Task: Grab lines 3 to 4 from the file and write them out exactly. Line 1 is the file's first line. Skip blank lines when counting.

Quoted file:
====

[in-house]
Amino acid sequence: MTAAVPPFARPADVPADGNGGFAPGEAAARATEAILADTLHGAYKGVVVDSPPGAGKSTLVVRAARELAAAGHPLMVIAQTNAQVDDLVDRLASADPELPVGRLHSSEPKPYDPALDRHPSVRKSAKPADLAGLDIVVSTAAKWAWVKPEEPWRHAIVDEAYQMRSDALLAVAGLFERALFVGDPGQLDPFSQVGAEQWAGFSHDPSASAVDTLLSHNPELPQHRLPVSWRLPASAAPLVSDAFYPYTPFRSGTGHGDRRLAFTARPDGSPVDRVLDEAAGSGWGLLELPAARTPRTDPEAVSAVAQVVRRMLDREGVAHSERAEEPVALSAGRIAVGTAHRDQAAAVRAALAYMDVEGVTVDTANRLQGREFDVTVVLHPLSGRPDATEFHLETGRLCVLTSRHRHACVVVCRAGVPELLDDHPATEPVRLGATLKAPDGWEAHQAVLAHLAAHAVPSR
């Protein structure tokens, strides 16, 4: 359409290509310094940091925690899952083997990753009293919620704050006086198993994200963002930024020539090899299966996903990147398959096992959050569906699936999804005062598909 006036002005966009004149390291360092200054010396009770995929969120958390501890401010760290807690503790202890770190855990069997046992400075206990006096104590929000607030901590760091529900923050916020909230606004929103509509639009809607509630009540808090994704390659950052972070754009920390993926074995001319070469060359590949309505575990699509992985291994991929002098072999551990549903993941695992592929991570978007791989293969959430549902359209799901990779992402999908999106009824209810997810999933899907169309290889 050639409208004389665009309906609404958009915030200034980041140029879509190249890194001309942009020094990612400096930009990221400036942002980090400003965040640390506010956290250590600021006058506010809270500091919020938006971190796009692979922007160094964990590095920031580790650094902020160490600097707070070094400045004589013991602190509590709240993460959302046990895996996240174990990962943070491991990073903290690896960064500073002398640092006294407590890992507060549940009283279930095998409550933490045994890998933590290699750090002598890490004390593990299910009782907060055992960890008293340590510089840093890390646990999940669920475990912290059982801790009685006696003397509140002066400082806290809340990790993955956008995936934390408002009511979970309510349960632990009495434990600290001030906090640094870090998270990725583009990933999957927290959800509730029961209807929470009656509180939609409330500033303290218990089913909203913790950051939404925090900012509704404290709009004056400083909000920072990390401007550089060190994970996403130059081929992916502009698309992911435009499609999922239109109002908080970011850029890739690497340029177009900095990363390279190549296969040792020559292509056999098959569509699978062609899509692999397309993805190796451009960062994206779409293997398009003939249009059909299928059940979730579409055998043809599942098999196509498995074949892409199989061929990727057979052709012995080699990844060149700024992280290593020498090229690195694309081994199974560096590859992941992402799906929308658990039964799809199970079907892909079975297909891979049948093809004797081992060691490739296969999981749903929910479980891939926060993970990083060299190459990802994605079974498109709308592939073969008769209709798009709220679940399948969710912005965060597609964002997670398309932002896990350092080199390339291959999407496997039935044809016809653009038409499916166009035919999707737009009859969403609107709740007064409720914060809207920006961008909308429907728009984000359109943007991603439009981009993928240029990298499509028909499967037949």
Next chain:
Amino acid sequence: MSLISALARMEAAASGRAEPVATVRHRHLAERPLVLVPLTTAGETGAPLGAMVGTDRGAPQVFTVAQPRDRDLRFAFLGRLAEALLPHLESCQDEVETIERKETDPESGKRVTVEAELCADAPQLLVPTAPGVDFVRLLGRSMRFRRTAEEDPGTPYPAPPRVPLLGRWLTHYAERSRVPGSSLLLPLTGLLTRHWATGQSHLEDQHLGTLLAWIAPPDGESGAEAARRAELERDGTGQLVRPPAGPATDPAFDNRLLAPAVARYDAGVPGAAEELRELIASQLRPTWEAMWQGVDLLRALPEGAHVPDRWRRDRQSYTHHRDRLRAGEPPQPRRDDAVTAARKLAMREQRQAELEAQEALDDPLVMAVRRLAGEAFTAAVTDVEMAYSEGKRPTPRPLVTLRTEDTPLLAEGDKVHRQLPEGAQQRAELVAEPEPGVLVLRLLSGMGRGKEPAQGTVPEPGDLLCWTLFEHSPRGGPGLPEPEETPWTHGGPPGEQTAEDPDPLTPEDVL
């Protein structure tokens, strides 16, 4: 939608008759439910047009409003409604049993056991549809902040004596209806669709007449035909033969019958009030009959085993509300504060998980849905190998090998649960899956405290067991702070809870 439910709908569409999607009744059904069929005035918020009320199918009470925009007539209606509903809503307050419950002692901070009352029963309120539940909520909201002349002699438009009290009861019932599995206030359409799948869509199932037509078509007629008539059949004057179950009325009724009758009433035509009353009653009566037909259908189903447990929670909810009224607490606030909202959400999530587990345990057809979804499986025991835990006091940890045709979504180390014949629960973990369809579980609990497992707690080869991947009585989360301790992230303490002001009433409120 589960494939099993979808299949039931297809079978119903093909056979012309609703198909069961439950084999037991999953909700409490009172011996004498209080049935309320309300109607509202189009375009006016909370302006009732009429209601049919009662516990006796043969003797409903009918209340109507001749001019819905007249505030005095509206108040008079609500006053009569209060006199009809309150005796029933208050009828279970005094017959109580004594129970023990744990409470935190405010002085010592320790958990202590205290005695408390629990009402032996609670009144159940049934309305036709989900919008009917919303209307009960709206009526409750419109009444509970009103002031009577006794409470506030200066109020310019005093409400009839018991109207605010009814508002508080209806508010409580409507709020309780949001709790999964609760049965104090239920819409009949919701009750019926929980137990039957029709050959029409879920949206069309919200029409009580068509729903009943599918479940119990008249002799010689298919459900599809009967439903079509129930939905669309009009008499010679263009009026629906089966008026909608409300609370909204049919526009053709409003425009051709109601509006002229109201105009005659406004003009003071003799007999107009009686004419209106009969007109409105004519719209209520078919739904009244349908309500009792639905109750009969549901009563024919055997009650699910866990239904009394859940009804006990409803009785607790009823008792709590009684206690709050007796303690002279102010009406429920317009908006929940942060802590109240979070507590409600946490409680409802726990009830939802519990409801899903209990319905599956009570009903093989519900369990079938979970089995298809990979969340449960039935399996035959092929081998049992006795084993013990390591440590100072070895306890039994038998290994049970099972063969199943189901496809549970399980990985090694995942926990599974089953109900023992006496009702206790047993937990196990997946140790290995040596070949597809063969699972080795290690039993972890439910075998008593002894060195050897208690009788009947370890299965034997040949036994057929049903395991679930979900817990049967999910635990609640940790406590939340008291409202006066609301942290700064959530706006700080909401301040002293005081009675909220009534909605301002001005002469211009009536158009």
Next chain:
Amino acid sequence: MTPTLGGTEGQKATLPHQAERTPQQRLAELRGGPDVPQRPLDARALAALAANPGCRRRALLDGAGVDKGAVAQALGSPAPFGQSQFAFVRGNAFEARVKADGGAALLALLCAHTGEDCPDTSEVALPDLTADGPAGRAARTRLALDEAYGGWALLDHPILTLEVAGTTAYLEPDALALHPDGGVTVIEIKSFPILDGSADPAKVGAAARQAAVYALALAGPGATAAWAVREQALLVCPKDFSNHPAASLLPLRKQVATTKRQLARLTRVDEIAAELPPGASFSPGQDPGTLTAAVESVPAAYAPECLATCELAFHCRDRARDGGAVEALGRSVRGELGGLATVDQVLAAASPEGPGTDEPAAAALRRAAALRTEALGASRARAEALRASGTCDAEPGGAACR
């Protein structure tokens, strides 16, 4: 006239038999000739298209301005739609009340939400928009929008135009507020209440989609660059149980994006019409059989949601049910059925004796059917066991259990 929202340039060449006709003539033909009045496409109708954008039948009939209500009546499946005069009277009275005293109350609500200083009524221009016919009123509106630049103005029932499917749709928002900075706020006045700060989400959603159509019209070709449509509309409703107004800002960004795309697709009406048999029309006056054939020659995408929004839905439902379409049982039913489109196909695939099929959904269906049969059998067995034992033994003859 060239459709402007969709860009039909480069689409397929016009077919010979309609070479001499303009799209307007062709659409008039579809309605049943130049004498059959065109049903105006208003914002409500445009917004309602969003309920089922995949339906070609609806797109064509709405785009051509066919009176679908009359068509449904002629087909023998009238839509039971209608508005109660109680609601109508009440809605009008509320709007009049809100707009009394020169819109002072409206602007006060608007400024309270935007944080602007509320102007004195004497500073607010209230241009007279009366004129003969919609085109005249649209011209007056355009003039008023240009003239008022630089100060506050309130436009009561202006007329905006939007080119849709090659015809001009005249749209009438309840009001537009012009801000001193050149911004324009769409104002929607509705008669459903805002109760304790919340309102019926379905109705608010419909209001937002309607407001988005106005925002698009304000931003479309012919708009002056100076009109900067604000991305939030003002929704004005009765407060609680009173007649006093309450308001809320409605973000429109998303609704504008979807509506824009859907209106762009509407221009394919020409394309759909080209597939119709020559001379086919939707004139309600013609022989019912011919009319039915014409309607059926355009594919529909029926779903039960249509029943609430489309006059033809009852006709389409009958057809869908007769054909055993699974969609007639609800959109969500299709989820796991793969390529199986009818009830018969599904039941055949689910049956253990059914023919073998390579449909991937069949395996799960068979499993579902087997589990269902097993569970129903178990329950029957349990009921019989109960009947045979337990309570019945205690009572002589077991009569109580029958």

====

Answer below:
């Protein structure tokens, strides 16, 4: 359409290509310094940091925690899952083997990753009293919620704050006086198993994200963002930024020539090899299966996903990147398959096992959050569906699936999804005062598909 006036002005966009004149390291360092200054010396009770995929969120958390501890401010760290807690503790202890770190855990069997046992400075206990006096104590929000607030901590760091529900923050916020909230606004929103509509639009809607509630009540808090994704390659950052972070754009920390993926074995001319070469060359590949309505575990699509992985291994991929002098072999551990549903993941695992592929991570978007791989293969959430549902359209799901990779992402999908999106009824209810997810999933899907169309290889 050639409208004389665009309906609404958009915030200034980041140029879509190249890194001309942009020094990612400096930009990221400036942002980090400003965040640390506010956290250590600021006058506010809270500091919020938006971190796009692979922007160094964990590095920031580790650094902020160490600097707070070094400045004589013991602190509590709240993460959302046990895996996240174990990962943070491991990073903290690896960064500073002398640092006294407590890992507060549940009283279930095998409550933490045994890998933590290699750090002598890490004390593990299910009782907060055992960890008293340590510089840093890390646990999940669920475990912290059982801790009685006696003397509140002066400082806290809340990790993955956008995936934390408002009511979970309510349960632990009495434990600290001030906090640094870090998270990725583009990933999957927290959800509730029961209807929470009656509180939609409330500033303290218990089913909203913790950051939404925090900012509704404290709009004056400083909000920072990390401007550089060190994970996403130059081929992916502009698309992911435009499609999922239109109002908080970011850029890739690497340029177009900095990363390279190549296969040792020559292509056999098959569509699978062609899509692999397309993805190796451009960062994206779409293997398009003939249009059909299928059940979730579409055998043809599942098999196509498995074949892409199989061929990727057979052709012995080699990844060149700024992280290593020498090229690195694309081994199974560096590859992941992402799906929308658990039964799809199970079907892909079975297909891979049948093809004797081992060691490739296969999981749903929910479980891939926060993970990083060299190459990802994605079974498109709308592939073969008769209709798009709220679940399948969710912005965060597609964002997670398309932002896990350092080199390339291959999407496997039935044809016809653009038409499916166009035919999707737009009859969403609107709740007064409720914060809207920006961008909308429907728009984000359109943007991603439009981009993928240029990298499509028909499967037949």
Next chain: